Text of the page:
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Intercos Group Debuts on Euronext Milan

The cosmetics company’s price per share was 14 euros when the market opened on Tuesday.

MILAN — It’s listed, at last.

After many false starts, Intercos Group finally debuted on the Italian Bourse on Tuesday — and the enthusiasm surrounding the event was tangible.

With flashy fuchsia banners with the company’s logo covering the Palazzo Mezzanotte building — which houses the Italian Stock Exchange — inside the firm’s founder and executive chairman Dario Ferrari and chief executive officer Renato Semerari were all smiles as they together rang the bell at the market opening ceremony.

As per tradition, they were also invited to leave a message in a book, before giving a speech in front of the Bourse’s institutional figures as well as their partners and members of the board.

“We are excited, after 50 years we’ve finally grown up,” penned Ferrari in the tome, before giving an extensive round of heartfelt thanks to his team and family.

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The offering price of the shares was set at 12.50 euros, valuing the firm at 1.2 billion euros, but they rose to 14 euros when the market opened Tuesday and reached a peak of 14.78 euros roughly three hours after the opening. The shares closed at 14.60 euros.

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Intercos Group's founder and chairman Dario Ferrari standing in front of the Palazzo Mezzanotte building, which houses the Italian Stock Exchange in Milan.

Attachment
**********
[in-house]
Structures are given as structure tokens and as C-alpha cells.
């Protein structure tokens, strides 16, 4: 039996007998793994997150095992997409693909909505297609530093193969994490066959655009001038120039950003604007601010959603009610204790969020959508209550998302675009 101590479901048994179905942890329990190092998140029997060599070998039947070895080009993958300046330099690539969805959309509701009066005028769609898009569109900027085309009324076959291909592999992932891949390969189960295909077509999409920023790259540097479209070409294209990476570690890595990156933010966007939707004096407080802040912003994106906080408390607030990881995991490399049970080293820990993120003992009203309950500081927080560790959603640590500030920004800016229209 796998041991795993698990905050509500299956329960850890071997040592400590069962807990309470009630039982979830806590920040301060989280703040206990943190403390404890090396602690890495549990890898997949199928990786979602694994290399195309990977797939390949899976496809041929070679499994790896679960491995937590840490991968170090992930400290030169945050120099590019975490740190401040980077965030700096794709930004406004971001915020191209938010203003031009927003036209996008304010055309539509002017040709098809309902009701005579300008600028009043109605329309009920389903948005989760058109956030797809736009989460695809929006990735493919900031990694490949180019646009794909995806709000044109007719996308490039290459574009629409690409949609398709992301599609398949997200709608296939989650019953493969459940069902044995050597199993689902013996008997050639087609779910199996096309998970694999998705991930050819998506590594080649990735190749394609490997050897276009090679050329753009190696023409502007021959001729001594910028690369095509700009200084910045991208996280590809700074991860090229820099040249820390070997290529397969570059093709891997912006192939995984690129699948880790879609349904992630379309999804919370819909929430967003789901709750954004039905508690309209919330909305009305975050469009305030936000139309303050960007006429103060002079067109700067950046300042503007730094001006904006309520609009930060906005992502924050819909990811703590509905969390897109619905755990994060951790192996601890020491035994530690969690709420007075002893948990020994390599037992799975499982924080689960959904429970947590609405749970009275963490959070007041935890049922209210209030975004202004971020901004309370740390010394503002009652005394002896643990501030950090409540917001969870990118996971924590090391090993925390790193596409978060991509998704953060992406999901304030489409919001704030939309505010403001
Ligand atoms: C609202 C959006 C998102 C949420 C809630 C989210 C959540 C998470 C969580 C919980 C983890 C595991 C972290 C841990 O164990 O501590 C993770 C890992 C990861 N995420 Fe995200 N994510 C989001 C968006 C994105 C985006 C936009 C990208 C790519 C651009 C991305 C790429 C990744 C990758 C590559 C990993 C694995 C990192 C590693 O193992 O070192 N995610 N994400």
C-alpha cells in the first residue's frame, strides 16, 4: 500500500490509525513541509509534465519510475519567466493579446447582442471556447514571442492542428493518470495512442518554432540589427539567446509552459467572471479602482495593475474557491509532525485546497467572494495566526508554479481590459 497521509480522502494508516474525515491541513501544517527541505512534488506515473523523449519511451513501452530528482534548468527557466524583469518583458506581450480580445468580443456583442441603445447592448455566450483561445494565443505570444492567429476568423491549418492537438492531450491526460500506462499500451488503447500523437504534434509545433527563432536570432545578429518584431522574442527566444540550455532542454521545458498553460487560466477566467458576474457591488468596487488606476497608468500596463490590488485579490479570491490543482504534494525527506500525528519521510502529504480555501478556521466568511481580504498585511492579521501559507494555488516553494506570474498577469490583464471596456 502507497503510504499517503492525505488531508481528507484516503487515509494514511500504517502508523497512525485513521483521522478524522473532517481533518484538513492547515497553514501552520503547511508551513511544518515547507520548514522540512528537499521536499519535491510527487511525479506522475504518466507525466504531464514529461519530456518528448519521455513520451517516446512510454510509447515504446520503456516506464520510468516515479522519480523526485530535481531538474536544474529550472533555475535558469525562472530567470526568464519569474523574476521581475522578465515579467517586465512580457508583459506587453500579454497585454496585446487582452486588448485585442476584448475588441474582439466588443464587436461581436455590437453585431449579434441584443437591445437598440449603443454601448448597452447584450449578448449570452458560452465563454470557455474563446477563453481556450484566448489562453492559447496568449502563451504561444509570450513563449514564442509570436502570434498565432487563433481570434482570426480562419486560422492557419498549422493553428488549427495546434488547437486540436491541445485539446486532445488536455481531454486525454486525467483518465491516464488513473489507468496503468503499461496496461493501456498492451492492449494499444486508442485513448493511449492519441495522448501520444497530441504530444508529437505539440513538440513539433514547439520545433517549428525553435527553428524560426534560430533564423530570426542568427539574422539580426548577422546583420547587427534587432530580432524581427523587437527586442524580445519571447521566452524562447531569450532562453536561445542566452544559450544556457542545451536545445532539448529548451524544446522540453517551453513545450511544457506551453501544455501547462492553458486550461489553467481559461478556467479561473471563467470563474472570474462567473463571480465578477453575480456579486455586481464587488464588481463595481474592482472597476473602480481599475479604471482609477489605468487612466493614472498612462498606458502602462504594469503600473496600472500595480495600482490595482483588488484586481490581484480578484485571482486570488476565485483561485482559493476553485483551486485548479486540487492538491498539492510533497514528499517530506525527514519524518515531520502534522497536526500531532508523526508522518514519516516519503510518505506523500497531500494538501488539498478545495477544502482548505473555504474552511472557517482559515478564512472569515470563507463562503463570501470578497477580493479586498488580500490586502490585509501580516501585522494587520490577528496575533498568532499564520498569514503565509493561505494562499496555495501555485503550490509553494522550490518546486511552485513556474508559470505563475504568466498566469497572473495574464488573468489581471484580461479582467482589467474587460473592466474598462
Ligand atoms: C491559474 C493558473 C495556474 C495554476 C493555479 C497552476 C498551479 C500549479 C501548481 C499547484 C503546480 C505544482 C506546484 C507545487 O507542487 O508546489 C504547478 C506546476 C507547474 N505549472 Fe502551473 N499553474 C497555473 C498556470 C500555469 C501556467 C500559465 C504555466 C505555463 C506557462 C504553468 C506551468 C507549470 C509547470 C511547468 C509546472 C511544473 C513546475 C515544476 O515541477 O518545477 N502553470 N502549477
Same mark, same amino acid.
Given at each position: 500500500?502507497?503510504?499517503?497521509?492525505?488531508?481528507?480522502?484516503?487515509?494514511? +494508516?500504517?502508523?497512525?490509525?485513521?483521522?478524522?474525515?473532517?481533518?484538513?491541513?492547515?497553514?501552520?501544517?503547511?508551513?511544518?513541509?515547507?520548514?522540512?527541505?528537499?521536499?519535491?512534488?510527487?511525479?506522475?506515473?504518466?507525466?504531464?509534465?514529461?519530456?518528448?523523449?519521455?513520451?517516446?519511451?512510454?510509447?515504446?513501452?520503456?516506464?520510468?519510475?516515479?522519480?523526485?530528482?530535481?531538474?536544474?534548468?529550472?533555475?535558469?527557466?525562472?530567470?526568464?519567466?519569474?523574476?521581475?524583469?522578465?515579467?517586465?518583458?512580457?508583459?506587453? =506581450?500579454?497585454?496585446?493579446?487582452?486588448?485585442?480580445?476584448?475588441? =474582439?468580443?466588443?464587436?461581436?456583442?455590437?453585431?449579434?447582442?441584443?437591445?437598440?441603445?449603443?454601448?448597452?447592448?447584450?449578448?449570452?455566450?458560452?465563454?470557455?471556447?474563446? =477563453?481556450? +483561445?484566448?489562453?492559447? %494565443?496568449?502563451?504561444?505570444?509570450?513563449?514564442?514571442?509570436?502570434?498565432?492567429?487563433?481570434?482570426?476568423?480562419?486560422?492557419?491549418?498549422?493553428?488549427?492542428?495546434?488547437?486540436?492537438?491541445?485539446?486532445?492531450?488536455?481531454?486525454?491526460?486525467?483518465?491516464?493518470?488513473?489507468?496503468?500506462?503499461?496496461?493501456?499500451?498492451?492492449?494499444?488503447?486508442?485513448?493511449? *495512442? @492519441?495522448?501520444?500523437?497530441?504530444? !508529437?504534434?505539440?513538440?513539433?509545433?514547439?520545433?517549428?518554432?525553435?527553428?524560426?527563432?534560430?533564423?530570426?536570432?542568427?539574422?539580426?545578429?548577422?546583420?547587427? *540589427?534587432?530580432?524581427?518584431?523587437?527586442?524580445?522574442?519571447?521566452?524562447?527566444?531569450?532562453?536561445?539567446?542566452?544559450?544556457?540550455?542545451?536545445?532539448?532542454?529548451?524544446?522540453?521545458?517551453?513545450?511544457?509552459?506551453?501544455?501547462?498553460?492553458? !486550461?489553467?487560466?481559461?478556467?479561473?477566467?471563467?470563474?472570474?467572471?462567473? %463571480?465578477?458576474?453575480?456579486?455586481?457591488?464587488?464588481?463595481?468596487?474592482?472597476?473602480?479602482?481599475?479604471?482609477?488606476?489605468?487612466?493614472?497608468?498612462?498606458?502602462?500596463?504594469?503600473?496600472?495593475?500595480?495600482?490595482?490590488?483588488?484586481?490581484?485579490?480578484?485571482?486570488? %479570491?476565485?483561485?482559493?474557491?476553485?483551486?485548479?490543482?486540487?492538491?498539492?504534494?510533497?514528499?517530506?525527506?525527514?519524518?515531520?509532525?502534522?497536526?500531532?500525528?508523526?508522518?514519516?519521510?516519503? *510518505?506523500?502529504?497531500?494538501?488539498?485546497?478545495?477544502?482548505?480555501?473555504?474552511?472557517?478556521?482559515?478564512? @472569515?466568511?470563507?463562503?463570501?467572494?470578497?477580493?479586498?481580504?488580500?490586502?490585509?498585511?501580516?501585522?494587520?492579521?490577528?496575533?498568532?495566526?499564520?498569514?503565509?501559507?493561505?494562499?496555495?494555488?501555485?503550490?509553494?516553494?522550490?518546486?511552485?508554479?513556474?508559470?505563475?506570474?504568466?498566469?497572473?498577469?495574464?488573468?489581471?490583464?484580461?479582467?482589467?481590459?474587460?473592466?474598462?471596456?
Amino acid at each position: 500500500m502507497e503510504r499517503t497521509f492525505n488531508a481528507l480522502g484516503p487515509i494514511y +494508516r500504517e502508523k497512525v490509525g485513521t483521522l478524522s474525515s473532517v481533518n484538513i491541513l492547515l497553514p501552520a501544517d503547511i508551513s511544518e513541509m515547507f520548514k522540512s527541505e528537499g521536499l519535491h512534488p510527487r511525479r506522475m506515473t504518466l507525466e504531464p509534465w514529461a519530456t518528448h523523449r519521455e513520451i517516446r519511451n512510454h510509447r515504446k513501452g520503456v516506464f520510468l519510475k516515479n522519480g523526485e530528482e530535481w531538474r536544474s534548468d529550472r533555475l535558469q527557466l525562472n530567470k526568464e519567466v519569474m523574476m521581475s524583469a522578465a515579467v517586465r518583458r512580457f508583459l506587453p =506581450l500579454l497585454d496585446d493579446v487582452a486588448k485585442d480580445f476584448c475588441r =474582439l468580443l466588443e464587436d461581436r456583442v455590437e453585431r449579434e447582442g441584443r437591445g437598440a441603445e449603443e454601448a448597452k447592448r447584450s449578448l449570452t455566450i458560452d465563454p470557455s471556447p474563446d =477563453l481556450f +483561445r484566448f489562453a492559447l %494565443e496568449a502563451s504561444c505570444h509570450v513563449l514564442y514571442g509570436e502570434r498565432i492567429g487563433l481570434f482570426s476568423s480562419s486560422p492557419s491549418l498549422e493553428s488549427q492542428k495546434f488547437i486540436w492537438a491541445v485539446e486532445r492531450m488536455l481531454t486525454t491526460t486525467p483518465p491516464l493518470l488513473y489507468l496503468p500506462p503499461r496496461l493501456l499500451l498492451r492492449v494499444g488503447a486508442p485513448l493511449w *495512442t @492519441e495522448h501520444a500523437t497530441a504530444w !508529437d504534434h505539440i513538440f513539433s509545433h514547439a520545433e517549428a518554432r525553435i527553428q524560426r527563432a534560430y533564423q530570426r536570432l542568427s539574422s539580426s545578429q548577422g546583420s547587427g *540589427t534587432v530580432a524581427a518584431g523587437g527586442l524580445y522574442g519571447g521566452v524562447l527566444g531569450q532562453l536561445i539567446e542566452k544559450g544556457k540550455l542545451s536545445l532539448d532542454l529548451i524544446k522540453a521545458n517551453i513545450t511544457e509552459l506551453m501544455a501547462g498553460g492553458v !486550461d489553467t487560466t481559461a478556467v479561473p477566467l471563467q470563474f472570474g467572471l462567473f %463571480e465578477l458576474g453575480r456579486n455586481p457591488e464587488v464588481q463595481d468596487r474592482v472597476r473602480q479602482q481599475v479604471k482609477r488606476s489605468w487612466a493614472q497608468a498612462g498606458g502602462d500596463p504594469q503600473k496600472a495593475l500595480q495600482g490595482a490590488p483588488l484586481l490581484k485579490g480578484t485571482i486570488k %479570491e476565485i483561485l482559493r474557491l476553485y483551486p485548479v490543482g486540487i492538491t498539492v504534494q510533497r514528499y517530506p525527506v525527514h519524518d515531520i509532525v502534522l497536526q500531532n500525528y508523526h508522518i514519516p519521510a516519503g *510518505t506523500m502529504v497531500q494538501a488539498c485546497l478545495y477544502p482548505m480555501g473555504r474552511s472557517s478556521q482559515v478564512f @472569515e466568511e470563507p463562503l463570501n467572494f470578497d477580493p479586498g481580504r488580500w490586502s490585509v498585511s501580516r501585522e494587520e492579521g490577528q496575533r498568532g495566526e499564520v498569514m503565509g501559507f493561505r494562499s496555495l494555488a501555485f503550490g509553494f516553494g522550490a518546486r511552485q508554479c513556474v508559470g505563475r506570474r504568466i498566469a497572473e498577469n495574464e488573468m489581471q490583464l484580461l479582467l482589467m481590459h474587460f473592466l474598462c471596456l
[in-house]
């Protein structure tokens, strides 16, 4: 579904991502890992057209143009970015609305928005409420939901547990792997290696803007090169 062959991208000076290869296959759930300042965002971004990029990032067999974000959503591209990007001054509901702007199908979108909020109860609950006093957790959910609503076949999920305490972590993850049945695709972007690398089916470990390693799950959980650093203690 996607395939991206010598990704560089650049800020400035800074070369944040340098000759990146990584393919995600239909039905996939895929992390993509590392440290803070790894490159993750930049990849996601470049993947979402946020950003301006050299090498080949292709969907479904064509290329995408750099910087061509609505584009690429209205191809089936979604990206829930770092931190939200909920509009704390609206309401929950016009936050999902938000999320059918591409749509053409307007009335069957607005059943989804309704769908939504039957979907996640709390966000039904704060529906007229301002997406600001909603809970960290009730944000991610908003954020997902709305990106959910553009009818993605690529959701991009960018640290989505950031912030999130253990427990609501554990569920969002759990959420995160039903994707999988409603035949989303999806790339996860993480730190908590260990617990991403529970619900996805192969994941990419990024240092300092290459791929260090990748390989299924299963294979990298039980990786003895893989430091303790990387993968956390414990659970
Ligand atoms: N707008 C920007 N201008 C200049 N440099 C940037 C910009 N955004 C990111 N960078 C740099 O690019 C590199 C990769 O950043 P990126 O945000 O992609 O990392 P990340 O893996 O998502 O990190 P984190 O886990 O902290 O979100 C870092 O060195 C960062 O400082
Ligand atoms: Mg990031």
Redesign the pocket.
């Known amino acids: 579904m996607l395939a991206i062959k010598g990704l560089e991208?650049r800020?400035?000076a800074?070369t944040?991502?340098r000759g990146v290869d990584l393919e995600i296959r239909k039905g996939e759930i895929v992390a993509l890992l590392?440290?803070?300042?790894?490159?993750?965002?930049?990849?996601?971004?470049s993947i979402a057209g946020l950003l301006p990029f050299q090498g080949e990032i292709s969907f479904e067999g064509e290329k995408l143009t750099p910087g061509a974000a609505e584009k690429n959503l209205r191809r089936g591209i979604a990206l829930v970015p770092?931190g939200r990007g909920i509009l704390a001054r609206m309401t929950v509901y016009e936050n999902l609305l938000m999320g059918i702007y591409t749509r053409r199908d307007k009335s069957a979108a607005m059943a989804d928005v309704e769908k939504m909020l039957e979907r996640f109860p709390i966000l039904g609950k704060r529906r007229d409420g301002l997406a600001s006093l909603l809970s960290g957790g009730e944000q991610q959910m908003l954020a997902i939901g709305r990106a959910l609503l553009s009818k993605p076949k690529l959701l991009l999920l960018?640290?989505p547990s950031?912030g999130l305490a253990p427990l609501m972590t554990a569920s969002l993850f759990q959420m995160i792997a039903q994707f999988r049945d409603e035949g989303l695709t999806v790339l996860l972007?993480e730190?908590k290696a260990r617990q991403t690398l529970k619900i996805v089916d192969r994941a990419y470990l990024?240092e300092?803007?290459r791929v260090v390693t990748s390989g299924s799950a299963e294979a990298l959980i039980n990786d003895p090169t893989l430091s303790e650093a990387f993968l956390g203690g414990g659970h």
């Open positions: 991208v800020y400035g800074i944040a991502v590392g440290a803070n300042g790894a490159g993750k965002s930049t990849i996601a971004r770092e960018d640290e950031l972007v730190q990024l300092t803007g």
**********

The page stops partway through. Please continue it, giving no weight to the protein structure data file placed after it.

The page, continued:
Intercos Group’s founder and chairman Dario Ferrari standing in front of Palazzo Mezzanotte. Marco Barbieri/Courtesy of Intercos Group

Ferrari during his speech trumpeted the decision to go public at this moment, which was something “not everyone agreed on.” He said “there were those who wanted to postpone and those who wanted to do other things. But I believe that next year things will be difficult: We all know about the problems with the supply chain, inflation and geopolitical issues, not to mention COVID-19. It will take time before all these are solved. Yet we are in charge of a company that proved its resilience and its ability in reacting. Today we’re stronger, we still have our issues with the supply chain and logistics as anyone, but I believe we’re performing well and better than the market.”